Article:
Dr. Carol Anderson, Charles Howard Candler Professor and chair of the Department of African American Studies, has been elected to the American Philosophical Society. The oldest learned society in the United States, the APS is composed of top scholars from a wide variety of academic disciplines. Read more about this year’s cohort: “The American Philosophical Society Welcomes New Members for 2023.”
Dr. Carol Anderson recently co-authored an opinion article for ‘The Grio’ about the push to disqualify former president Donald Trump from holding elected office under the 14th amendment to the constitution. Known as the disqualification clause, section 3 of that amendment prohibits “any government officer who takes an oath to defend the Constitution and who then engages in an insurrection or aids one against the United States, from ever holding office again.” Drawing on parallel cases from the distant and recent past, Anderson and co-author Donald K. Sherman argue that this clause should apply to Trump in light of his attempts to overturn the results of the 2020 election. Read an excerpt of the piece below along with the full article here: “A conviction won’t stop Trump from holding office. The 14th Amendment’s disqualification clause could.” Dr. Anderson is Charles Howard Candler Professor of African American Studies and Associated Faculty in the History Department.
“The Reconstruction era includes numerous examples of the disqualification clause’s application. More recently, last year, three New Mexico residents, represented by Citizens for Responsibility and Ethics in Washington, won the first case in more than 150 years that removed an elected official from office for participating in an insurrection. That court ruled that New Mexico County Commissioner Couy Griffin violated section 3 of the 14th Amendment by recruiting rioters to attend Trump’s “wild” effort to overturn the election, normalizing violence and breaching police barriers as part of a weaponized mob that allowed other insurrectionists to overwhelm law enforcement and storm the Capitol. Trump’s role in the Jan. 6 insurrection was even more significant and well-documented than Griffin’s, and CREW has announced plans to pursue his disqualification in court.“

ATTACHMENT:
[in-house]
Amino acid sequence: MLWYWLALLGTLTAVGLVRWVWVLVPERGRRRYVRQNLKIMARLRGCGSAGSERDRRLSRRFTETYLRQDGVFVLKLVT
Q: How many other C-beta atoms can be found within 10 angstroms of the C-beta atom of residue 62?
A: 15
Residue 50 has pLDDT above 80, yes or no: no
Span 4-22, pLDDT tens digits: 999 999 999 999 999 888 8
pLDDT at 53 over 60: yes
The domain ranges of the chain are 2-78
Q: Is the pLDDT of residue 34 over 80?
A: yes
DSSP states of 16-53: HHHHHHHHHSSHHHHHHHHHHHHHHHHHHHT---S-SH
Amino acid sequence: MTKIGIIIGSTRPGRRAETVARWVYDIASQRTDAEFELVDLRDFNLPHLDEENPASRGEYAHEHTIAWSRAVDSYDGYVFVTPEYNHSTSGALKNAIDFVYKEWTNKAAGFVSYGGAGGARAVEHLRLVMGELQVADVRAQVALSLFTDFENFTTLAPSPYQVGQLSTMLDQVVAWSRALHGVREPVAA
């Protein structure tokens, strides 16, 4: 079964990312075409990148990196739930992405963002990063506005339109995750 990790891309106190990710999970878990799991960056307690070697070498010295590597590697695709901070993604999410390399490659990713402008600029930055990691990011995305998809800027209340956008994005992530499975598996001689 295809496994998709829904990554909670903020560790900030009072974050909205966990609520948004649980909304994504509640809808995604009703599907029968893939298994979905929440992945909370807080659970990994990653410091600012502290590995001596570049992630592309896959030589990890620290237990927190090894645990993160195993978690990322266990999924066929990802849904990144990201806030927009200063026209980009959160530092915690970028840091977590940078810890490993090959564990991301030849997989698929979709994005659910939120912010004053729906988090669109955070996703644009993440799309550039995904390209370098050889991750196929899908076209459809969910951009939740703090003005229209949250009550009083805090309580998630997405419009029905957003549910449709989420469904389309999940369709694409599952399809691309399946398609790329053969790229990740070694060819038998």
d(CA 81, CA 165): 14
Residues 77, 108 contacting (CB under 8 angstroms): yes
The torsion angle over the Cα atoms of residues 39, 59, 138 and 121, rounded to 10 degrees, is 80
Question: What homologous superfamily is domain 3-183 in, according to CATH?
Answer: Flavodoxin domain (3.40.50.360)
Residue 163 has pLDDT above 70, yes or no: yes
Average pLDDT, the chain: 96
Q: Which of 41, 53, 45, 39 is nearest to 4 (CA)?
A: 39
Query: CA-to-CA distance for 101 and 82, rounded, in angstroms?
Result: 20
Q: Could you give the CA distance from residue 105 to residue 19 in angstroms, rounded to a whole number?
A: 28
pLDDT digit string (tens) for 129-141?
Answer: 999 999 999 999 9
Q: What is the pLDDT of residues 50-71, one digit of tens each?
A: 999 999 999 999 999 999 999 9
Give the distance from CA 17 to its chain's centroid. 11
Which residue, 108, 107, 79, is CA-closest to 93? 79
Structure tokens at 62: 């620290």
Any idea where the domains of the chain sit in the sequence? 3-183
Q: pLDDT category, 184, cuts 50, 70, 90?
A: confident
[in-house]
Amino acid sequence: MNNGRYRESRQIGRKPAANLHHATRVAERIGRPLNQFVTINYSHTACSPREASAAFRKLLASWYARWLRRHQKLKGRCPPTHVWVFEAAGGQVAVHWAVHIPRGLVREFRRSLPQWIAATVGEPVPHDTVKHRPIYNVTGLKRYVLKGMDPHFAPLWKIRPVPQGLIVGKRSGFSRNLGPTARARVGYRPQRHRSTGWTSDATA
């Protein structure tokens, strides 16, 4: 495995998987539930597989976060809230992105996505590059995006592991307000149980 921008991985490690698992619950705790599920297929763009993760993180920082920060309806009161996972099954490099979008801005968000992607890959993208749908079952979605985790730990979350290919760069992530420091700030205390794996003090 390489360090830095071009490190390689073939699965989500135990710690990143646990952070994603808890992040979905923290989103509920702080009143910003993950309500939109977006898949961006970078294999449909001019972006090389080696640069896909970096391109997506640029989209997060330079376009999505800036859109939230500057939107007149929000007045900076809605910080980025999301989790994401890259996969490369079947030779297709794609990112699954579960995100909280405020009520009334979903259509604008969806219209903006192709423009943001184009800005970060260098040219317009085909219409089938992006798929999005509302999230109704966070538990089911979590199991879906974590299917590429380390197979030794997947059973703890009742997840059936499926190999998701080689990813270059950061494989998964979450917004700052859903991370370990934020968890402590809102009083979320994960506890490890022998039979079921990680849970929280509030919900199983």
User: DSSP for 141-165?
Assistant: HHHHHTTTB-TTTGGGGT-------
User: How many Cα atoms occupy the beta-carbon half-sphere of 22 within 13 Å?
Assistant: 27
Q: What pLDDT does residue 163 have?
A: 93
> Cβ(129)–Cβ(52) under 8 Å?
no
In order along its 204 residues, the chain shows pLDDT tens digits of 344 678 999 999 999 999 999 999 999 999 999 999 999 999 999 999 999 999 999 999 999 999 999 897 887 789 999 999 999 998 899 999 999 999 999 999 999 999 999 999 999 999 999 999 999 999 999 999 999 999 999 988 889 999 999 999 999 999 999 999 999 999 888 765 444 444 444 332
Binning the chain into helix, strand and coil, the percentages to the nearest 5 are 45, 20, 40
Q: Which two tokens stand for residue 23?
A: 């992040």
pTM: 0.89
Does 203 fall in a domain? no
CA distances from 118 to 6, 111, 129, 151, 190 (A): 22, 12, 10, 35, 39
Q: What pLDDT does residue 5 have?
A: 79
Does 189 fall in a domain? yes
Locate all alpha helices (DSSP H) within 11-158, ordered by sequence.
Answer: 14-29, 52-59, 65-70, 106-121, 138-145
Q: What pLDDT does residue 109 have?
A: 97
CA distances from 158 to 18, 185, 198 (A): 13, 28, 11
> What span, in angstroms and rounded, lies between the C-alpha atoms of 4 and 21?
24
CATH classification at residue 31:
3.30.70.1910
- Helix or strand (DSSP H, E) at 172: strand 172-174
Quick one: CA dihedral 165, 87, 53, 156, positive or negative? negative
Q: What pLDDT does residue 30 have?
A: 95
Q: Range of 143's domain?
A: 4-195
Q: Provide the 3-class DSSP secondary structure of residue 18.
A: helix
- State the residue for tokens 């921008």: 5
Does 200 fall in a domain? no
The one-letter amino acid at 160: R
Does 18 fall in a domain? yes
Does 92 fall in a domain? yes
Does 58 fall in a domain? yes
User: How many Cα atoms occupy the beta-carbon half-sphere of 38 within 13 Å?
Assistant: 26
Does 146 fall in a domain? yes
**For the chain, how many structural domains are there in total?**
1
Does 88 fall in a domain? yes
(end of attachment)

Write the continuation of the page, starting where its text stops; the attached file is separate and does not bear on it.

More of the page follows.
The Association for Caribbean Historians has awarded Dr. Adriana Chira’s book Patchwork Freedoms: Law, Slavery, and Race beyond Cuba’s Plantations (Cambridge UP, 2022) with its Elsa Goveia Book Prize. Named for renowned Caribbean historian Elsa Goveia (1925-80), the biennial prize recognizes scholarly excellence in the field of Caribbean history. Patchwork Freedoms was released as part of Cambridge’s Afro-Latin America series. The following citation about Patchwork Freedoms was read at the ACH annual meeting in June 2023:
In Patchwork Freedoms: Law, Slavery, and Race beyond Cuba’s Plantations (Cambridge University Press, 2022), Adriana Chira probes an extensive but little-known archive of legal documents to analyze how Afro-descendent rural cultivators negotiated liberty and landholding rights in nineteenth-century Santiago de Cuba. Her meticulous research demonstrates how protracted struggles against local legal institutions blurred the lines between enslavement and freedom. Chira argues that it was these gradual, lengthy, community-based processes, coupled with the flexibility of customary law, rather than innovations from above, that allowed these landholders to carve out spaces of greater autonomy. Patchwork Freedoms is an important counterpoint to scholarship that emphasize freedoms gained through Atlantic and circum-Caribbean mobility or formal processes of abolition and emancipation. It is essential reading for scholars of Atlantic world slavery, legal regimes, and agrarian societies.